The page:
By Patrick Jones. Walker. 216 pp. $16.95; ages 14-up


By Kevin Brooks. Scholastic. 320 pp. $16.95; ages 14-up

Even as contemporary young adult novels push the raw and seamy edges of the literary envelope, the classic coming-of-age quest remains the heartbeat of the genre. In his first novel, Things Change, Patrick Jones addresses this durable theme by way of an abusive relationship between a pair of troubled teens. He tells the story from alternating viewpoints as the victim and her boyfriend struggle with the powerful forces that drive their actions.

"I want you to kiss me," demands good-girl Johanna in the opening line. Johanna surprises no one more than herself when she acts on her desire for bad-boy Paul. But patterns of anger and abuse emerge from beneath Paul's class-clown persona as he strikes out at every girl he dates. Paul speaks through letters to his dead dad, typed on a computer in the shelter of a mini-storage unit while he nurses a six-pack of Stroh's. The narrative device is a stretch and most of his attempts at humor fall flat, but Paul's point of view offers flashes of insight.

Most of the story comes from Johanna, who suffers huge blind spots when it comes to Paul and the bruises he leaves on her body, even though otherwise her narrative bubbles over with painful self-awareness. "Although I wanted his approval, I felt so shy about getting it," she says of her teacher, Mr. Taylor, the only adult in her life who shows any compassion for her. Other characters echo her unlikely remarks. "You're seventeen. I'm seventeen. This is how we think," says Paul's friend Brad. Even Johanna's new best friend Kara dishes out platitudes. "Johanna, the heart always knows," she says, and Johanna marvels at her wisdom.

Jones weakens his premise -- that too much parental control drives kids to self-destruct -- with thinly drawn adult characters, from Paul's Jesus-loving mother to Johanna's ex-Marine dad. Johanna's insensitive, chain-smoking mother gets the most exposure as the primary force behind Johanna's poor choices. "I sensed maybe my mother was watching me," Johanna says later, after embracing Paul. "I must have smelled the smoke in the air, so I held the kiss for a very long time." From the Springsteen lyrics rumbling through the deck of Paul's Firebird to the trickles of Johanna's frequent tears, this dark story winds its way around the tension between freedom and control. Jones, author of several books for librarians, writes with considerable passion. Though his approach is heavy-handed, readers will feel for Johanna and Paul as they try to make sense of their problems.

In Kevin Brooks's latest novel, one of the most memorable narrators since Holden Caulfield sloshes through the angst of his mundane, fat-filled life to confront a complex moral dilemma. Brooks, a British writer who made a huge splash with his first novel Martyn Pig, returns with a perfect ten-point dive in Kissing the Rain. Moo, the protagonist, tells us straight-away that he's sick of the FAT stuff and sick of the TRUTH. In the hands of a less talented writer, Moo's use of capital letters could fast become ANNOYING, but Brooks has created a compelling narrator who is humorous, compassionate and possesses a genuine desire to be heard.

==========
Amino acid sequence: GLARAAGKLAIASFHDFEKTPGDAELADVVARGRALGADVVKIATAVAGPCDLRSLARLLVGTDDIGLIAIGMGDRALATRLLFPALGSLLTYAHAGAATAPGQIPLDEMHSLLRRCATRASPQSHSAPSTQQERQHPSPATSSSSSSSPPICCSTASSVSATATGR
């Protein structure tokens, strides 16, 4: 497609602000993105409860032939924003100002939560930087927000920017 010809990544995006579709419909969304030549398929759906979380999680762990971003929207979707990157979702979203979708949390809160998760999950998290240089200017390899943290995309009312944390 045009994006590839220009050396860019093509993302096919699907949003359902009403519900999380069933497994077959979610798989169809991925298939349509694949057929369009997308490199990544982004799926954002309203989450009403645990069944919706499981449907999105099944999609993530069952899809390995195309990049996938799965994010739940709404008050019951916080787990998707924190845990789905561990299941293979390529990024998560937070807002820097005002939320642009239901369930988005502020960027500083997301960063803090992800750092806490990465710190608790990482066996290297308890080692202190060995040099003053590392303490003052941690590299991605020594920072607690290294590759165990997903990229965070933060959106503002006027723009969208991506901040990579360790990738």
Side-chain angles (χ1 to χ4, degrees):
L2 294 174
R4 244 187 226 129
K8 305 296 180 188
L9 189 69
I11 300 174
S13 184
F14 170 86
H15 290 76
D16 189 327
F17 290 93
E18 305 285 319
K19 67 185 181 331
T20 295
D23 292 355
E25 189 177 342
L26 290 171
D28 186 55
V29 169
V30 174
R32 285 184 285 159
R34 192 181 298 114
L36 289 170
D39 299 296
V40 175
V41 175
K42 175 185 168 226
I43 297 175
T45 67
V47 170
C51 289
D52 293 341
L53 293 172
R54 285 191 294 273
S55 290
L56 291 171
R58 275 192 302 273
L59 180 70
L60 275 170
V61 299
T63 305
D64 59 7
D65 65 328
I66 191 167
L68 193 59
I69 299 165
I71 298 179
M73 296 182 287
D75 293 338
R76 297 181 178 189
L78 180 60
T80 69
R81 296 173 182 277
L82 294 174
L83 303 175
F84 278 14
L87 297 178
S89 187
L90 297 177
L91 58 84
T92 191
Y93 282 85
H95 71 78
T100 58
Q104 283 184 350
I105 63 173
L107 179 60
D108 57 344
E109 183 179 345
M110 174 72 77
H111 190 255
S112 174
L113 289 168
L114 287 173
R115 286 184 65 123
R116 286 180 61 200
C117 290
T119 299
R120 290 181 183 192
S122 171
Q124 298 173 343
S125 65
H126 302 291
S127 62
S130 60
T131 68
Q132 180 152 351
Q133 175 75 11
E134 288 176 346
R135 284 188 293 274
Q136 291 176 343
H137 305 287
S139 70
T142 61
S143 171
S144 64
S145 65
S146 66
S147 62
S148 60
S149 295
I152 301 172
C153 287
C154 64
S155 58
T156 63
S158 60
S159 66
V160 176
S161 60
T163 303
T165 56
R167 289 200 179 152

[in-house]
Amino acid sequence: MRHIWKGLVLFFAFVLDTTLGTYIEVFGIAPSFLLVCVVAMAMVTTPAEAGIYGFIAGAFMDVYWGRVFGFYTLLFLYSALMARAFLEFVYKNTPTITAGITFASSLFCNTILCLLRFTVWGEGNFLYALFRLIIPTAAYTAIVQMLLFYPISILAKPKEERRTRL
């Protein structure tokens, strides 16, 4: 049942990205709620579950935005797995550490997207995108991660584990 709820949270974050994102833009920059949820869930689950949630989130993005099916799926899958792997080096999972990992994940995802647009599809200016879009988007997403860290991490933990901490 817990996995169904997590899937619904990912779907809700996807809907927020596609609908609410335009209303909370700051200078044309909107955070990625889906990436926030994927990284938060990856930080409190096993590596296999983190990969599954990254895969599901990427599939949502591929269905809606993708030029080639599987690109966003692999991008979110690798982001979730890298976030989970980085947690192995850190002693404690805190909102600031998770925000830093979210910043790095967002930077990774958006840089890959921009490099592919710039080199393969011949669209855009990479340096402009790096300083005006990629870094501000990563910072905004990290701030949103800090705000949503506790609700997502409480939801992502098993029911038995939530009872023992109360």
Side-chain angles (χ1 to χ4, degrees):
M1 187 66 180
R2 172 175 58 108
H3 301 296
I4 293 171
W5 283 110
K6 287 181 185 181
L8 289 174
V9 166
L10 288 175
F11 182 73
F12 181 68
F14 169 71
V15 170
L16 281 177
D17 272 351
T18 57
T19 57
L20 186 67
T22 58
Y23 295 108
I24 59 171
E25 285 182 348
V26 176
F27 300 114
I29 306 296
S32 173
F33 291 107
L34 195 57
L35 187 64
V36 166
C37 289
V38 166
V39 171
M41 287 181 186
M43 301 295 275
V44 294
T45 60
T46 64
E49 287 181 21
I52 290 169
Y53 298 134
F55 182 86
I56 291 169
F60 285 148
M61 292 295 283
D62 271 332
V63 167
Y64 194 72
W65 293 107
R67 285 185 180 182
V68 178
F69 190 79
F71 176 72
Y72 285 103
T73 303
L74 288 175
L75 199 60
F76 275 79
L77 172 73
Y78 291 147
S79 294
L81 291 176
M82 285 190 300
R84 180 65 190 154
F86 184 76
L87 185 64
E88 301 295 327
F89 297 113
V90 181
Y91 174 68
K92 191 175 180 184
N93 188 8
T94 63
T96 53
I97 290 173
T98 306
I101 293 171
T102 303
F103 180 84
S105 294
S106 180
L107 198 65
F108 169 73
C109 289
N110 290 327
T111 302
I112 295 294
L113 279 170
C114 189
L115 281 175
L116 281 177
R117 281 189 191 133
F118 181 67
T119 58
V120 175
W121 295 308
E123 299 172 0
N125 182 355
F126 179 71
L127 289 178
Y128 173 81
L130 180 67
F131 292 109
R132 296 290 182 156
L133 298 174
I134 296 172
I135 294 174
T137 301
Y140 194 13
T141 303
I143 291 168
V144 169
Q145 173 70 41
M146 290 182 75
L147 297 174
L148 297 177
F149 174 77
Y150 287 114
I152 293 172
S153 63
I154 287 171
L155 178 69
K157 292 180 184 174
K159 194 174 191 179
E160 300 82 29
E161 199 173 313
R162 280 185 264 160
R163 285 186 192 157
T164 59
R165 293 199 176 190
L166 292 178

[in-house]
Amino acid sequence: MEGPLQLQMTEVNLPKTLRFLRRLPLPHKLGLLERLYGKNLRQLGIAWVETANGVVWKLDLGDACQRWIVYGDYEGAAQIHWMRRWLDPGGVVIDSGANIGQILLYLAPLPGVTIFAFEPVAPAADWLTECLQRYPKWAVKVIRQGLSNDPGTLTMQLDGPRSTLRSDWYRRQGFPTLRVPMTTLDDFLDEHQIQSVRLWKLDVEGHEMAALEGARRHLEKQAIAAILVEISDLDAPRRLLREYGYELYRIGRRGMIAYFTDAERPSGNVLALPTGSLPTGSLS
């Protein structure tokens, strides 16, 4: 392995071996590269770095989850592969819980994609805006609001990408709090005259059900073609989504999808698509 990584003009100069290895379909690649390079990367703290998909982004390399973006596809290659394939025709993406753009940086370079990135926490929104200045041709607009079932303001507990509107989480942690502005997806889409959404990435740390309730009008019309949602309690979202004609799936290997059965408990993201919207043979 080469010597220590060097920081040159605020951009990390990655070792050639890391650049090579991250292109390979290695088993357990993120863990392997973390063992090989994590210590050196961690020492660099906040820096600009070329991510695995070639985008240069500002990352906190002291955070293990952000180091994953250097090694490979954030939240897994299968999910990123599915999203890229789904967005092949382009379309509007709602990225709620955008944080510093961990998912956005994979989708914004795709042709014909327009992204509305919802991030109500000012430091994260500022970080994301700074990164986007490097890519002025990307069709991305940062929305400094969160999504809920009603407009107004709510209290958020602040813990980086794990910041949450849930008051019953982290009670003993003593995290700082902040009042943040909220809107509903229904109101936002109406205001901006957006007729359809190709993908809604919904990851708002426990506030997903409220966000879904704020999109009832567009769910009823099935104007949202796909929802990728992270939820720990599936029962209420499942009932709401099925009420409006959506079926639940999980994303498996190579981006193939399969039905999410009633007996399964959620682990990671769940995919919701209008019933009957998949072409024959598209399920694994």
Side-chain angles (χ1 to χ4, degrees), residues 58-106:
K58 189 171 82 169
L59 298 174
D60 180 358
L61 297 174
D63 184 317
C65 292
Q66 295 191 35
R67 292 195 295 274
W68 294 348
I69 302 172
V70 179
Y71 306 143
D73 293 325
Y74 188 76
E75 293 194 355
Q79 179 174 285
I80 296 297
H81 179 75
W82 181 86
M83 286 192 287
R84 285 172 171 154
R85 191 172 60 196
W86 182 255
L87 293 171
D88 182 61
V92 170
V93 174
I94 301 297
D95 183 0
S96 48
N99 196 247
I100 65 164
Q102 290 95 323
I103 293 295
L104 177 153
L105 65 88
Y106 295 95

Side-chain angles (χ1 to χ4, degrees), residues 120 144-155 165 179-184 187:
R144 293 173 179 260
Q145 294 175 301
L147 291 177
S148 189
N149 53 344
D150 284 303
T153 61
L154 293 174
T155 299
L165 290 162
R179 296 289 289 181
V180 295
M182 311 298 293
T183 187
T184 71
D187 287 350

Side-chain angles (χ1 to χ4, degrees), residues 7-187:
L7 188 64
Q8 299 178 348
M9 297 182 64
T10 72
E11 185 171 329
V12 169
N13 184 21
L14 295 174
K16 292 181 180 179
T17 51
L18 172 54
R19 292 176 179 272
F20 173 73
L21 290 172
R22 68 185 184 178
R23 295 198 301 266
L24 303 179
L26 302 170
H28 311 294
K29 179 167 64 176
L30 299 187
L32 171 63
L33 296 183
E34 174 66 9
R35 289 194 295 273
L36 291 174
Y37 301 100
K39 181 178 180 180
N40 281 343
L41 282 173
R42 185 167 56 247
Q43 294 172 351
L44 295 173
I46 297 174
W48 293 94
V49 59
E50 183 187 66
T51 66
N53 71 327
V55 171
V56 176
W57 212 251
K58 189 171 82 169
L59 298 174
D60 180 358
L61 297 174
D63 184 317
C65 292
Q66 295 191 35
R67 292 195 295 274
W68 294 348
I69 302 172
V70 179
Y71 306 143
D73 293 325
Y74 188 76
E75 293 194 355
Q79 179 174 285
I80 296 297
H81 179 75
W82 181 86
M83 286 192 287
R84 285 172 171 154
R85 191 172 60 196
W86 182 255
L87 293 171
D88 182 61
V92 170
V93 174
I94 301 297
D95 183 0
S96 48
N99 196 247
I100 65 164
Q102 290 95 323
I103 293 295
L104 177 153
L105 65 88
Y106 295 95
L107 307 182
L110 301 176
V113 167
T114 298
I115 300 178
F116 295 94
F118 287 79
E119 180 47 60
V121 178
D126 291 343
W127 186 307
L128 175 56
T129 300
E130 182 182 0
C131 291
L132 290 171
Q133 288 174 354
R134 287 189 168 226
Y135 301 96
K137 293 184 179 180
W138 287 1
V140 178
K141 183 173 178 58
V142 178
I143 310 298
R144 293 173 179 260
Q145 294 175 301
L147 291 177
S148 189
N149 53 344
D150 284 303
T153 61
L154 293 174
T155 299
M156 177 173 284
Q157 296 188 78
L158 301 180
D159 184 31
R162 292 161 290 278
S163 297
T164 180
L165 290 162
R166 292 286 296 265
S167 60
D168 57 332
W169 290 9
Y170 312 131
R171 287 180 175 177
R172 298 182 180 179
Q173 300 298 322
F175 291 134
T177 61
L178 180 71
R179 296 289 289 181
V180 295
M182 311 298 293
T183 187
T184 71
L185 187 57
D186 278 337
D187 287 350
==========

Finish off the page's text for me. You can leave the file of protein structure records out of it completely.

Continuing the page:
Moo has spent most of his life dealing with what he calls RAIN -- the taunts, the jeers and the bullying dished out by his classmates. "It ain't what you IS that puts you in your place -- it's what you AIN'T," he explains. He's a nobody, plain and simple, and his first response to a challenge is to hide within his ample person. "I ain't telegraphic," he says, sporting wry humor. "I ain't no magicman. I ain't GOD, for GOD's sake."

Everything changes when, from his favorite quiet spot atop a highway bridge, Moo witnesses a murder. Complexities pile one atop the other as he discovers this is no ordinary RAIN that he can "umbrellarize." The good guys and bad guys are all mixed up, and as Moo struggles to sort it all out, he becomes the object of a new kind of attention immersed in layers of ambiguity.

If there's one thing Moo understands after all he's suffered, it's human nature. He weighs his choices, approaching them with understated insight. "Even if it looks like you're doing it for someone else," he says, tapping at the thin shell of his own motives and those of the twisted folks around him, "you're doing it for you." Though he feigns apathy, Moo, the master of forgetting things that hurt, is compelled to action when the good/bad guys threaten his dad and pummel his best friend Brady. He has to find some way to get things under control, but it's not easy in the middle of his moral quagmire. "Bad=good. Good=bad. TRUTH=lies. Lie=TRUTH," Moo says, summing up his dilemma in the simplest of terms. He struggles and sweats through his ambivalence and his questions about justice. He is as crass and flawed as everyone else, but that doesn't stop him from grasping, in his own Moo-like way, at nobility and truth. It even seems appropriate that he speaks to us from the bathroom, where he's "all ears and no pants," listening in on what becomes yet another turn in the twisted maze of secrets surrounding the murder.

Though readers may be unsettled by its ending, Kissing the Rain will certainly provide great fodder for discussion. After all, if, as these books suggest, coming of age means getting control over one's own life, how many of us can say we know all about THAT? *

Deb Vanasse's most recent young adult novel is "Out of the Wilderness."